The Alameda firefighters are not to blame for the city’s financial woes. It makes no sense to say that the firefighters want to “bankrupt the city.” That would be incredibly self-destructive. The name-calling, blame-placing and finger-pointing has to stop. It is counterproductive, divisive and distracts from the real issues. Energy would be much better spent in working together to find fair and equitable solutions that ensure the economic sustainability of our city. These problems were not created overnight, and solutions must be found in a measured and collaborative method.

Finally, the Alameda Firefighters Association IAFF Local 689 is not an organization that is represented by outside business agents or “union bosses.” The leadership of our organization is completely comprised of active duty Alameda firefighters who volunteer to spend their time working with the city to find solutions. They are the same people who respond on your emergencies and support a plethora of community activities in an off-duty capacity. We have been, and will continue to be, willing partners in this community to help Alameda be the best it can be for decades to come.

Domenick Weaver is the president of the Alameda Firefighters Association.


  • John says:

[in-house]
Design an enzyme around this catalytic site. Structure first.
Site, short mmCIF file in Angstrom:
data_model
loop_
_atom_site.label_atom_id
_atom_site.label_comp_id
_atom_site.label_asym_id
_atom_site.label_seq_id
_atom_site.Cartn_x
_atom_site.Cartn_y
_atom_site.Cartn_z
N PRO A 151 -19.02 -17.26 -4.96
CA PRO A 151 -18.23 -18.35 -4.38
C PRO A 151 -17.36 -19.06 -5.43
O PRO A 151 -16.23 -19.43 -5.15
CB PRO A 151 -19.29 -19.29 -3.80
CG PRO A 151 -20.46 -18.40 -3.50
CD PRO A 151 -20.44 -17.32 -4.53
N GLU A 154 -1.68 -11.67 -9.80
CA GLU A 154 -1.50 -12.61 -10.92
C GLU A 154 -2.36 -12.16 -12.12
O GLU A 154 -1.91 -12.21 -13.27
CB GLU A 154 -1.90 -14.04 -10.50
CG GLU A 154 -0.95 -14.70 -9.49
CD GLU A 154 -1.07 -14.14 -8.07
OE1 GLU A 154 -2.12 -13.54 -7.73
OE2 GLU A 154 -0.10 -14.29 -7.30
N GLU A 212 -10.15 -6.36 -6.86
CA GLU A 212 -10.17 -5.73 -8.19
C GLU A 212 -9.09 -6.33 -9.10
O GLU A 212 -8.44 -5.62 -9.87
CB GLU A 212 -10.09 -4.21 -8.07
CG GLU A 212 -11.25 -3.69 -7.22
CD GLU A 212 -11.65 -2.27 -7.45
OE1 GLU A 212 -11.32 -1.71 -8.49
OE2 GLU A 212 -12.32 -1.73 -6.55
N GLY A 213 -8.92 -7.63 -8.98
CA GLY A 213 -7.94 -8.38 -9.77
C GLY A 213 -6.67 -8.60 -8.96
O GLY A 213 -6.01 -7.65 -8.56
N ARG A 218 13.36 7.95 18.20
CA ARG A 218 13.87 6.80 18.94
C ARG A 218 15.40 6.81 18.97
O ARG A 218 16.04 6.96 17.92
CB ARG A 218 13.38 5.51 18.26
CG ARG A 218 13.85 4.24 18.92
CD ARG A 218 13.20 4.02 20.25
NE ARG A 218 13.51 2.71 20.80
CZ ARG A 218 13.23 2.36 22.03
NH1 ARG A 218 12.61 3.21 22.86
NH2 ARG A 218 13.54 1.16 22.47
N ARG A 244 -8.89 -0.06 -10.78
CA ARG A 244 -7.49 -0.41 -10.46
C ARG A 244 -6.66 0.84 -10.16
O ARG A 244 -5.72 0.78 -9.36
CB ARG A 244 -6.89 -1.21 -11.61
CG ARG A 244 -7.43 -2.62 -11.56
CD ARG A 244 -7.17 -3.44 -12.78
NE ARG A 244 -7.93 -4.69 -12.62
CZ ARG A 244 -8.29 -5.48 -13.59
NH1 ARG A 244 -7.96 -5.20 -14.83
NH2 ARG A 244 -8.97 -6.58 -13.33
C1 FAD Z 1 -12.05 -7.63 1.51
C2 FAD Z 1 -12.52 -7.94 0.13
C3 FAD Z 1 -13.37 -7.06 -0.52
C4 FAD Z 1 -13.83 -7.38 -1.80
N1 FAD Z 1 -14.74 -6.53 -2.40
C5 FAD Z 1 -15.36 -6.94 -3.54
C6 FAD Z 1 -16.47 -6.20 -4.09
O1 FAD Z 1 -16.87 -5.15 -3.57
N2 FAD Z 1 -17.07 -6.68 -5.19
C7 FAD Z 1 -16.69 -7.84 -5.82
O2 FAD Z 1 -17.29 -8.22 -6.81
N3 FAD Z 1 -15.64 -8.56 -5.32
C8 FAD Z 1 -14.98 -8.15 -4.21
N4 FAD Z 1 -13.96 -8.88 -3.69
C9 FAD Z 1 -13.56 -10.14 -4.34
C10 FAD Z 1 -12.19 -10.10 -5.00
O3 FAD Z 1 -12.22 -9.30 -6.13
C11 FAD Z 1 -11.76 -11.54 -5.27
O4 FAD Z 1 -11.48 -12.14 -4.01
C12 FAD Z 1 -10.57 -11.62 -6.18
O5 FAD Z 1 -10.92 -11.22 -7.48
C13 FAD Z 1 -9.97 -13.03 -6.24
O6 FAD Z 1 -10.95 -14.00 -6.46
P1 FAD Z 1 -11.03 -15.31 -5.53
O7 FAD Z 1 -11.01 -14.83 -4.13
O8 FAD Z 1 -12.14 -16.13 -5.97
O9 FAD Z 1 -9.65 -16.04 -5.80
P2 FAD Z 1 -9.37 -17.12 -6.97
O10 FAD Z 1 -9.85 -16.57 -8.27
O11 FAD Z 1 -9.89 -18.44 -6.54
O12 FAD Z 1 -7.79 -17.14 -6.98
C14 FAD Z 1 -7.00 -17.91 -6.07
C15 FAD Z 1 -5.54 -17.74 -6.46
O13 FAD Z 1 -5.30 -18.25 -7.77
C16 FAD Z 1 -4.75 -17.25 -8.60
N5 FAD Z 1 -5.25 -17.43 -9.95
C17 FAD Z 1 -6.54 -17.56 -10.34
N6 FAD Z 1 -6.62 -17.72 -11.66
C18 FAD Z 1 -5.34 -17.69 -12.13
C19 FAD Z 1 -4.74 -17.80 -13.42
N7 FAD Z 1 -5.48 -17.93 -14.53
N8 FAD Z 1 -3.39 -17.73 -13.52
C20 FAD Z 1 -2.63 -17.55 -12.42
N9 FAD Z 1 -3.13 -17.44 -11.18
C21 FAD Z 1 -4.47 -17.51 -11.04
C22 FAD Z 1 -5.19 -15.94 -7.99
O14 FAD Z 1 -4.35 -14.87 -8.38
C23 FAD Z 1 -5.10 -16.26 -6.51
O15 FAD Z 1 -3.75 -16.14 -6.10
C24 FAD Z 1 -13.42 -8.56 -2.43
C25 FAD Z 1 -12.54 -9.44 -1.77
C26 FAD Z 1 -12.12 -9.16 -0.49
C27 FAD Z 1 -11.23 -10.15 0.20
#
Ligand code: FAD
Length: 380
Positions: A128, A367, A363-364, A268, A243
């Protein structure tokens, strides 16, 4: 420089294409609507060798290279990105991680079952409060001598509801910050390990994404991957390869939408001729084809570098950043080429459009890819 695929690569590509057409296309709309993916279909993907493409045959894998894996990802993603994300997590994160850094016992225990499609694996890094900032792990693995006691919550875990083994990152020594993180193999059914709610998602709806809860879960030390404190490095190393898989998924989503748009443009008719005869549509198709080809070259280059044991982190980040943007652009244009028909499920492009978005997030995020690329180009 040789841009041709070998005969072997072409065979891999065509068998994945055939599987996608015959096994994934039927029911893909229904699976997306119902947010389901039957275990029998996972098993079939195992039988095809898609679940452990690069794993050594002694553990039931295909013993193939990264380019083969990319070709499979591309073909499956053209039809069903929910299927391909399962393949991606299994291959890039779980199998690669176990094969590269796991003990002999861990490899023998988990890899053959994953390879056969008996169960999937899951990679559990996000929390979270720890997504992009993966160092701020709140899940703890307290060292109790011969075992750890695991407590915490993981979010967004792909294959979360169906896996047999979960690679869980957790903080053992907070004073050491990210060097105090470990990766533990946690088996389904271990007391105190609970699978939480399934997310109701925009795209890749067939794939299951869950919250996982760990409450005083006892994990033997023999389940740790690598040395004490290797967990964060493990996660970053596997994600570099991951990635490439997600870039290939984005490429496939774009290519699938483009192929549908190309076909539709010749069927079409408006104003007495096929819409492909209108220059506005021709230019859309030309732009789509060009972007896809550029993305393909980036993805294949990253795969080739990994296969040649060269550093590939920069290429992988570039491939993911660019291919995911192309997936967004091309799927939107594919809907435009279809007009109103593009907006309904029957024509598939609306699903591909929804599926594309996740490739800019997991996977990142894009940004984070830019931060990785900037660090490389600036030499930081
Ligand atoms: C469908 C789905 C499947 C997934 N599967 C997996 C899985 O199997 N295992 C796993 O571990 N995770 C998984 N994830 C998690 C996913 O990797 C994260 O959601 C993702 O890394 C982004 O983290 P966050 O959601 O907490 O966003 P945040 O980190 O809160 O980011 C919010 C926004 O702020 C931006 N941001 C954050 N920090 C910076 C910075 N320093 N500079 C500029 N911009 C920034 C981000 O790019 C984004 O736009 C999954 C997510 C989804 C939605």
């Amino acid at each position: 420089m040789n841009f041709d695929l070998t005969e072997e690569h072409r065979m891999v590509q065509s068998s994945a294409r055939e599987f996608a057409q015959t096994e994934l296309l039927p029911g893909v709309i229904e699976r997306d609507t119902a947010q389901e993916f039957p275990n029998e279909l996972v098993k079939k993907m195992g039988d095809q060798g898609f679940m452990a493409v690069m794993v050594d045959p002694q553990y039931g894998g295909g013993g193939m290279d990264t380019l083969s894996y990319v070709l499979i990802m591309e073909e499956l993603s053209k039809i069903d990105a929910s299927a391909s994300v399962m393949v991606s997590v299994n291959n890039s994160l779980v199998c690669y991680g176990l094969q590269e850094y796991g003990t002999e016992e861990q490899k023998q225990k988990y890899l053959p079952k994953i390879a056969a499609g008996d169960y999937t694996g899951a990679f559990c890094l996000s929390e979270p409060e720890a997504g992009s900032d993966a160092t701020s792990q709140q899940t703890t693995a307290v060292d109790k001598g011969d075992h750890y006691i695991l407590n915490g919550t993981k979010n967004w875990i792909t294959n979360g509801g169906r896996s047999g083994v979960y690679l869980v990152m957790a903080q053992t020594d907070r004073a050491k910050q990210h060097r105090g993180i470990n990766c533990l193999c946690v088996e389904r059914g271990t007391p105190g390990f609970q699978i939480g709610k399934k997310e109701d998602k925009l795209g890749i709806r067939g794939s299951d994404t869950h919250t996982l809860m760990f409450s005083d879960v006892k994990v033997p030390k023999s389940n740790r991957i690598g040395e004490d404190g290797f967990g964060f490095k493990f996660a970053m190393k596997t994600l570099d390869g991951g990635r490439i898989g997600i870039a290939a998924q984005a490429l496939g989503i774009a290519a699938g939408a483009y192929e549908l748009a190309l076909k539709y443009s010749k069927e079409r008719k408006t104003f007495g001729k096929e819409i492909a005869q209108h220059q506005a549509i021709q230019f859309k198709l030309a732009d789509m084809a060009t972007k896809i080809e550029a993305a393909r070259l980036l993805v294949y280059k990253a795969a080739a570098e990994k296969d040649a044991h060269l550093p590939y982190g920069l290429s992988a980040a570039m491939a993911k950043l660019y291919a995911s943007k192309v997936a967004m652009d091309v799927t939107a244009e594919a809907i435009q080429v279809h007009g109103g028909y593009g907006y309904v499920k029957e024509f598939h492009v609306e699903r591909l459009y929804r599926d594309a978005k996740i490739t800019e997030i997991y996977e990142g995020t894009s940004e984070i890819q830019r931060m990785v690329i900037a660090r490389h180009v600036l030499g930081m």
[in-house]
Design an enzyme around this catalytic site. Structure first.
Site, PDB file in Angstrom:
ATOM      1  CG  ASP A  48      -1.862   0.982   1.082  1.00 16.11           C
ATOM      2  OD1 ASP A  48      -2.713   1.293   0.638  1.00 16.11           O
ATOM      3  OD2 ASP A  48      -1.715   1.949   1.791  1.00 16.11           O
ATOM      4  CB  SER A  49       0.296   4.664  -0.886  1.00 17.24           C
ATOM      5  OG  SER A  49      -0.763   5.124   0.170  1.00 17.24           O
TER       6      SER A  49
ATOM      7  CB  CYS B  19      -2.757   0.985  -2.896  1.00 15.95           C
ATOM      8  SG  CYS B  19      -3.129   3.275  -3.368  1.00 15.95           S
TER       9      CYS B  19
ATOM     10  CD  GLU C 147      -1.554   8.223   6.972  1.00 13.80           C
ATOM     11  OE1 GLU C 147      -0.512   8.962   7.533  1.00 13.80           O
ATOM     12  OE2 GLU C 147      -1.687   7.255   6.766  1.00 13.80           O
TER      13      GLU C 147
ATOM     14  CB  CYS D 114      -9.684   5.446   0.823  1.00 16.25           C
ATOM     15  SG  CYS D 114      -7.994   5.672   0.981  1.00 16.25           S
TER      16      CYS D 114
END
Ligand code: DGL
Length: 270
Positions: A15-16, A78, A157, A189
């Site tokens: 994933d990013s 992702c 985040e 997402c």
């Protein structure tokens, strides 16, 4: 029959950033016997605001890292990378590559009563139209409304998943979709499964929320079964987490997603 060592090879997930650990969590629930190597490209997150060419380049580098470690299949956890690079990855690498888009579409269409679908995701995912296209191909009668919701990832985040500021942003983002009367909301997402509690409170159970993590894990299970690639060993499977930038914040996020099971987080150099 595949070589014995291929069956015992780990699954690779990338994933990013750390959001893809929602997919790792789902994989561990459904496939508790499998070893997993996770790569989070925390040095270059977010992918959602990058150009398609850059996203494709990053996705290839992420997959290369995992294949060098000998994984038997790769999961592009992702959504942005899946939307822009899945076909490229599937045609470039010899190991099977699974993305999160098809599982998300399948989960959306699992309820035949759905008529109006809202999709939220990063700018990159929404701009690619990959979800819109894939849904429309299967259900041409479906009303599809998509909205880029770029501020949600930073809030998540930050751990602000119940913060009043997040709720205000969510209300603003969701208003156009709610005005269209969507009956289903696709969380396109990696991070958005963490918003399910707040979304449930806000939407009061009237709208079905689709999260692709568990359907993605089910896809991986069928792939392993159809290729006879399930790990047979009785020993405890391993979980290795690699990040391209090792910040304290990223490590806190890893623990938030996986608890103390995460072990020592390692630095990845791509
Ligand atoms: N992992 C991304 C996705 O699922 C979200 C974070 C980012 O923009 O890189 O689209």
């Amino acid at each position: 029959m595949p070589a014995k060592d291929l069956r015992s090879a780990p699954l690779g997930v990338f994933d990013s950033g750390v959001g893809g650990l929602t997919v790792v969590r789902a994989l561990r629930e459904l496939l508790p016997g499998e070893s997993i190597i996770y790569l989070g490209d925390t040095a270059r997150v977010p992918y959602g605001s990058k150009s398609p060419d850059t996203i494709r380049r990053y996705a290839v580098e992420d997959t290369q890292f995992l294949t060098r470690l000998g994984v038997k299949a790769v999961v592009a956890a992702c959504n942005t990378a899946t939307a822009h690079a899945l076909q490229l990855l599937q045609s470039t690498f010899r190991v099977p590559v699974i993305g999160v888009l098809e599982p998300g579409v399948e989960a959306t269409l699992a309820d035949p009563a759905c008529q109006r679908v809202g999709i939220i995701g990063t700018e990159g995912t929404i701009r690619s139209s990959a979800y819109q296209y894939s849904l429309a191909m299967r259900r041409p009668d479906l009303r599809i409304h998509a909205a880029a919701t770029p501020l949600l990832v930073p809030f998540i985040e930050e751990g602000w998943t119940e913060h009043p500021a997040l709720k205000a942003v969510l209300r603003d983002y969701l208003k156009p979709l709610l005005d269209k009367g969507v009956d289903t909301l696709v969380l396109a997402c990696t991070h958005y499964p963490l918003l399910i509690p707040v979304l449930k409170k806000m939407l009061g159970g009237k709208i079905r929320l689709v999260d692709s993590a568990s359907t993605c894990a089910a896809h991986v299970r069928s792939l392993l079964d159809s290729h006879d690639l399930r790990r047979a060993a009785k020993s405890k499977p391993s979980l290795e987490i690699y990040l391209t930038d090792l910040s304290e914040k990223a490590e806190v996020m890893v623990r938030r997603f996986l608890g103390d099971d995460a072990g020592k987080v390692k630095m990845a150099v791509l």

Thanks for your service Domenick.

    What about other options Like:

    Volunteer firefighting is a very rewarding and valuable way to serve your community.

    I think a combination Paid and Volunteer Fire Dept to Alameda would be great for the community in many respects.

    Large communities (those with populations over 100,000) are most often protected by combination volunteer and paid departments that consist of primarily paid staff. There are very few purely paid fire departments in the United States , but those that exist are primarily found in very urban areas.
    The majority of fire departments in the United States are volunteer.

    Of the total 26,354 fire departments in the country, 19,224 are all volunteer; 3,845 are mostly volunteer; 1,407 are mostly career; and 1,878 are all career

    • Volunteers comprise 73% of firefighters in the United States.

    We might look at adding some options like this to not BK city.

  • John says:

    I know you guys are all great people and love your City. But the Dept has 16 people whose earnings and benefits cost the citizens between 200,000 – 275,000 last year.Another 55 whose earnings and benefits were between 150,000 and 200,000.